Welcome to The Overlap, a biweekly newsletter on the intersection between product & organization design. You’ll notice that the look and feel are different. I’ve moved this newsletter from Mailchimp to Substack. If you’re interested in why, I tweeted about it here.
Too many consultants in the kitchen
I once worked with a hardware startup to help them align on the features that would go in their minimum viable product. My company was tasked to build the digital experience of this startup’s product, and I would align our team and the startup team on the MVP that our company would build.
Like most startups, this one was funded by venture capital. This was their very first product. Part of my job as a strategist is to get to know their team and the different hats they wore so that I have a good sense of how the organization worked.
I quickly noticed that this startup hired tons of consultants. Everyone I met called themselves an advisor, responsible for advising on the startup’s strategy. The docs they sent me were the classic consultant deliverable: long presentations with lofty ambitions, goals, and financial projections, yet no articulation of the biggest challenges they’d face and how they would overcome these challenges. There were more consultants than there were engineers, product managers, and operators in the org.
Why were there so many consultants?
The org designer in me wanted to dive deeper into this question. But that wasn’t what I was contracted to do. It felt intrusive of me to investigate, so I kept my head down and did my job.
However, every time I was at the client’s office, I couldn’t help but question it. There had to be a phenomenon at play here.
I eventually came across this tweetstorm that explained the phenomenon to me:
I’d encourage you to read the whole tweetstorm, but the takeaway is that the consulting/advisory that VC firms offer (to differentiate themselves) is quite useless.
Early-stage startups might benefit from consulting, but they don’t need a Consultant Task Force. They need engineers, designers, operators—people who do the hard work of getting their product out to market.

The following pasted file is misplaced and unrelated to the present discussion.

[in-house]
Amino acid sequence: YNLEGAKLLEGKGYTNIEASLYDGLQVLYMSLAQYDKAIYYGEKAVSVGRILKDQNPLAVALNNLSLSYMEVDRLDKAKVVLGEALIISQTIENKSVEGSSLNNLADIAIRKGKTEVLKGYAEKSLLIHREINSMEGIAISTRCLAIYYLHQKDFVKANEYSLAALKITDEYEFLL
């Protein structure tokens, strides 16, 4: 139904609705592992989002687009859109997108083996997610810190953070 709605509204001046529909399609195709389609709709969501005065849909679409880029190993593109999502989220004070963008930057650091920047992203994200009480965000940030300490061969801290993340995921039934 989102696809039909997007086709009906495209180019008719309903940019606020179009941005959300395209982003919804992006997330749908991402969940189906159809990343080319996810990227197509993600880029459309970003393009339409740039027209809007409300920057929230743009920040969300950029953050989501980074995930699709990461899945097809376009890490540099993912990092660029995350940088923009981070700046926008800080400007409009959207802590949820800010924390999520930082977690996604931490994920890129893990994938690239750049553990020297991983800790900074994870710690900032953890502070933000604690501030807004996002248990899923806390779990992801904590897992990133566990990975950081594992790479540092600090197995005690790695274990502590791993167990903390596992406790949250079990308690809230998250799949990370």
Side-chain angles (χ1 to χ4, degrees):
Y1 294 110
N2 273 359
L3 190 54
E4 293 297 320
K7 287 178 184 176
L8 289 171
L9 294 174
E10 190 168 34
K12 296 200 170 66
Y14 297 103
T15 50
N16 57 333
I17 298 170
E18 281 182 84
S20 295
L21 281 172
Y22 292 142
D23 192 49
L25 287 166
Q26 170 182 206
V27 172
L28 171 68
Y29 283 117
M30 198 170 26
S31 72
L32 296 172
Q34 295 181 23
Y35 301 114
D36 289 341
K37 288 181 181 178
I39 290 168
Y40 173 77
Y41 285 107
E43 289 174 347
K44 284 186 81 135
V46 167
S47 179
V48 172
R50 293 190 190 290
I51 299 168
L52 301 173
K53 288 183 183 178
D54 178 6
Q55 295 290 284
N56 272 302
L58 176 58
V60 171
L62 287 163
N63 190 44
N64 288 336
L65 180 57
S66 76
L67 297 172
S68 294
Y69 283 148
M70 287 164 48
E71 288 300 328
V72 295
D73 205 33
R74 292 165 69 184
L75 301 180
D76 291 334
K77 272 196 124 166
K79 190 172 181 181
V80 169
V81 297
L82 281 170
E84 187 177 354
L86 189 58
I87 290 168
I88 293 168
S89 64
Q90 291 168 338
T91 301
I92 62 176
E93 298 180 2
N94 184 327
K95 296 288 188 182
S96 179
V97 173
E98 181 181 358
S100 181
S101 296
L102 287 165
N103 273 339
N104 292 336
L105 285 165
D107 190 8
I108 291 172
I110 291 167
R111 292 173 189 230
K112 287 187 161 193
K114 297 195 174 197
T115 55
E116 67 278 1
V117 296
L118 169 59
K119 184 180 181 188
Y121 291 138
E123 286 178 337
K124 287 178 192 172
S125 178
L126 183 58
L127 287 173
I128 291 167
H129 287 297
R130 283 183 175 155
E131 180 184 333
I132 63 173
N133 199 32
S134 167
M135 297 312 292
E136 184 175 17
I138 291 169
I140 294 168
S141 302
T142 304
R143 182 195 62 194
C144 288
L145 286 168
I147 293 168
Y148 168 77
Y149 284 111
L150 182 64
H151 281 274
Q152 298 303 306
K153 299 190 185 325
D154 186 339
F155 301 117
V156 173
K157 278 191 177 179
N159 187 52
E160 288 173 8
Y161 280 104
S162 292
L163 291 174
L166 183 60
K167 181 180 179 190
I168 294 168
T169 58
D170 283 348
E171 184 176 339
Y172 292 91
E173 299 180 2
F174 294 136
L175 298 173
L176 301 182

I’m sure you’ve seen some version of “too many thinkers and not enough doers” before. Perhaps you were a part of a team with seven “stakeholders” and one designer who was responsible for driving the project. Or you’ve met social media strategists who don’t create Instagram or Twitter posts because they’d prefer to “hand off their strategy” to someone more junior.
This separation of strategy and execution is more harmful than helpful. It’s a distinction that’s woefully outdated.
Separating thinking from doing comes from the industrial age
Let’s go back to a time that pre-dates the internet: 1910, during the Second Industrial Revolution. This was a time when manufacturing began to scale standard practices, leading to mass production and a new wave of globalization.
Frederick Taylor, a mechanical engineer who sought to improve industrial efficiency, coined a theory called scientific management. Scientific management was all about optimizing economic efficiency and labor productivity. It was super influential at the time. And some of its themes still live on today (for better and for worse).
I want to home in on one specific principle published in The Principles of Scientific Management:
Allocate the work between managers and workers so that the managers spend their time planning and training, allowing the workers to perform their tasks efficiently.
Taylor advocated for two kinds of employees: managers and workers. And he believed it was most efficient for managers to plan and workers to do.
This idea was in a book published in 1911. Yet we still carry these assumptions at work today: almost every company separates strategy and execution and has managers and doers.
Our working world is overdue for an update
I like how the Helsinki Design Lab challenges this separation between thinker and doer. From page 40 of Recipes for Systemic Change:
Without the broader stewardship arc, the design process is easily all about thinking and not doing — this is precisely what we see to be the difficulty with the ‘design thinking’ debate and its over-emphasis on helping people think differently. In the context of strategic design, ideas are important, but only when they lead to impact. Part of this is appreciating the quality with which an idea is executed and recognizing that quality of execution and quality of strategy are equally important.